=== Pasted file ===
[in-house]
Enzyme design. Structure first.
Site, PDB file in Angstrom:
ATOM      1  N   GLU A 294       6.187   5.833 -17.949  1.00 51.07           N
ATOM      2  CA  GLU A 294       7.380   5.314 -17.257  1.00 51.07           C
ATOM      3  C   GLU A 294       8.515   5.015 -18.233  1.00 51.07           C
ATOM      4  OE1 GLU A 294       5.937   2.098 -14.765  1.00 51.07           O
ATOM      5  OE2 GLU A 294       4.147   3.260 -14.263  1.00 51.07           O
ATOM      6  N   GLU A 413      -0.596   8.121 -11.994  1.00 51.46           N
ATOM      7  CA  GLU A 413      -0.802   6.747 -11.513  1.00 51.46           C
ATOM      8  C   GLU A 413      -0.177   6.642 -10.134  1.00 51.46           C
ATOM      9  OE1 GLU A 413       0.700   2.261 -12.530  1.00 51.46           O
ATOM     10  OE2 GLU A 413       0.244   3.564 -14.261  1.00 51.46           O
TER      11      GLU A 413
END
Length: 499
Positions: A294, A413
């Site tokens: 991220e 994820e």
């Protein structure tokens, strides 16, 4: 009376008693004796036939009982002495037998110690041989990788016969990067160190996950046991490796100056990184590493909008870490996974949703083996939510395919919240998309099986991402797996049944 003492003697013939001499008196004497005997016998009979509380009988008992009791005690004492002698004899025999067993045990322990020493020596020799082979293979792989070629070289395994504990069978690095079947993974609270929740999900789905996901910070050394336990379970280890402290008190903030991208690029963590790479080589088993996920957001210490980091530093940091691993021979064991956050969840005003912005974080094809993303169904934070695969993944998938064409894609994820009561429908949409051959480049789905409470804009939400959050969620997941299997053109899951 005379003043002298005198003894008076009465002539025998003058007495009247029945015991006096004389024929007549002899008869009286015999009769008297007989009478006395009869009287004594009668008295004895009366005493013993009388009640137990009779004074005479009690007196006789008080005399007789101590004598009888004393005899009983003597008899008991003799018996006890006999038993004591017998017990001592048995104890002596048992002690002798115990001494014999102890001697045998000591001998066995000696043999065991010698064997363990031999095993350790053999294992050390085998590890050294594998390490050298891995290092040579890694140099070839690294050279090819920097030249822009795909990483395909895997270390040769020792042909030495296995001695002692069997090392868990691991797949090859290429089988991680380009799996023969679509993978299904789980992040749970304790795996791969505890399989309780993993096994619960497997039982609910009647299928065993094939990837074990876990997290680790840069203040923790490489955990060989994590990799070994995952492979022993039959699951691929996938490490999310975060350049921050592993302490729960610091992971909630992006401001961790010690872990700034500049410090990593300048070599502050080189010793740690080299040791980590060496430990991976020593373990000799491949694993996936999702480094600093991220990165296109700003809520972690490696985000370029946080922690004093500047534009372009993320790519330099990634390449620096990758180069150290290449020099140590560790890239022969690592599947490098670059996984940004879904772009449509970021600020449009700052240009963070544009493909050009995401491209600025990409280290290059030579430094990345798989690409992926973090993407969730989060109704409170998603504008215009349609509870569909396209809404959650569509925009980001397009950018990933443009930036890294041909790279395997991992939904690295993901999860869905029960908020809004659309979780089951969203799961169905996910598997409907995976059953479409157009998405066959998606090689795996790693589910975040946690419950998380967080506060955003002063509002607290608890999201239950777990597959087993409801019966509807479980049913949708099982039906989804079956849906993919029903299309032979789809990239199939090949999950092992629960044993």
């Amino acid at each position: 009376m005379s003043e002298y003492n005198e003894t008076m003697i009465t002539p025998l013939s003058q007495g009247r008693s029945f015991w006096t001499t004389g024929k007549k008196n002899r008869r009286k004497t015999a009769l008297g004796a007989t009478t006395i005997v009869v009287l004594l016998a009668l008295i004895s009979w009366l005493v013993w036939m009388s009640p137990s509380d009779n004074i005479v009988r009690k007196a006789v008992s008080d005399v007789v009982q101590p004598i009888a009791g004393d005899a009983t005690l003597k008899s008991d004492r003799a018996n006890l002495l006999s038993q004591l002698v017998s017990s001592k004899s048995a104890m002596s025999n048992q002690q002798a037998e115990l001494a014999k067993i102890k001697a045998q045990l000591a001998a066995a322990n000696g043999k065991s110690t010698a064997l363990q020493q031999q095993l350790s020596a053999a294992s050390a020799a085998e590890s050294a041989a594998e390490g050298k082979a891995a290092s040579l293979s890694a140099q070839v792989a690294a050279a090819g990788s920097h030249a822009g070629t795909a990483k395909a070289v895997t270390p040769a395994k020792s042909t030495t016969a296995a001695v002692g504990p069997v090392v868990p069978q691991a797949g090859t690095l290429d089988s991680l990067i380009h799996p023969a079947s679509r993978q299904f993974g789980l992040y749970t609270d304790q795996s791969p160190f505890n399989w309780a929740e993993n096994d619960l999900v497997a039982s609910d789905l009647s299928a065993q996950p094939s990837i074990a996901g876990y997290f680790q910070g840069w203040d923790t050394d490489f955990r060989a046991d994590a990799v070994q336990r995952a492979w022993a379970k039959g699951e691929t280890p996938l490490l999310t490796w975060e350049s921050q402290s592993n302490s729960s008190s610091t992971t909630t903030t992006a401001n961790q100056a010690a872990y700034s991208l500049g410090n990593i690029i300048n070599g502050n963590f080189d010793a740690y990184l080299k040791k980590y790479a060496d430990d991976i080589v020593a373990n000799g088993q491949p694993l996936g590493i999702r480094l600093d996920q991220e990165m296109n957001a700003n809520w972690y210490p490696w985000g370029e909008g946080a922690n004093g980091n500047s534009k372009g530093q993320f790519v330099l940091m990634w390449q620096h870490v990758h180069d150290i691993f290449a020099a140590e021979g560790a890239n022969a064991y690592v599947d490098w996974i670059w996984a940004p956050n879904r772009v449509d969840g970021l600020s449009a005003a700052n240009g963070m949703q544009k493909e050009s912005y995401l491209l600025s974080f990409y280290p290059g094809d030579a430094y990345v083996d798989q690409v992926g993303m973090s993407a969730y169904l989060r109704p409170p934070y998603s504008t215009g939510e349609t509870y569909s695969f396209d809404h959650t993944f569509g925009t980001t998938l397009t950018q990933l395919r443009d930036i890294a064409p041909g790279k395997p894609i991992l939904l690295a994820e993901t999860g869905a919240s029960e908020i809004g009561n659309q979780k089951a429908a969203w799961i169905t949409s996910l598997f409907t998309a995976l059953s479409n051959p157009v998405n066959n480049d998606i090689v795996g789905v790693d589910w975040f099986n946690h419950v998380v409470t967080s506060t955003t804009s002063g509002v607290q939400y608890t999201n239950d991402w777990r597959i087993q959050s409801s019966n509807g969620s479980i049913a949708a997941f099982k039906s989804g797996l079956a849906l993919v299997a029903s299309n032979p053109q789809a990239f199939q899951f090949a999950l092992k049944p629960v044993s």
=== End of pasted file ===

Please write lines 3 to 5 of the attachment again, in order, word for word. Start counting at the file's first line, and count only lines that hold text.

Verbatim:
Site, PDB file in Angstrom:
ATOM      1  N   GLU A 294       6.187   5.833 -17.949  1.00 51.07           N
ATOM      2  CA  GLU A 294       7.380   5.314 -17.257  1.00 51.07           C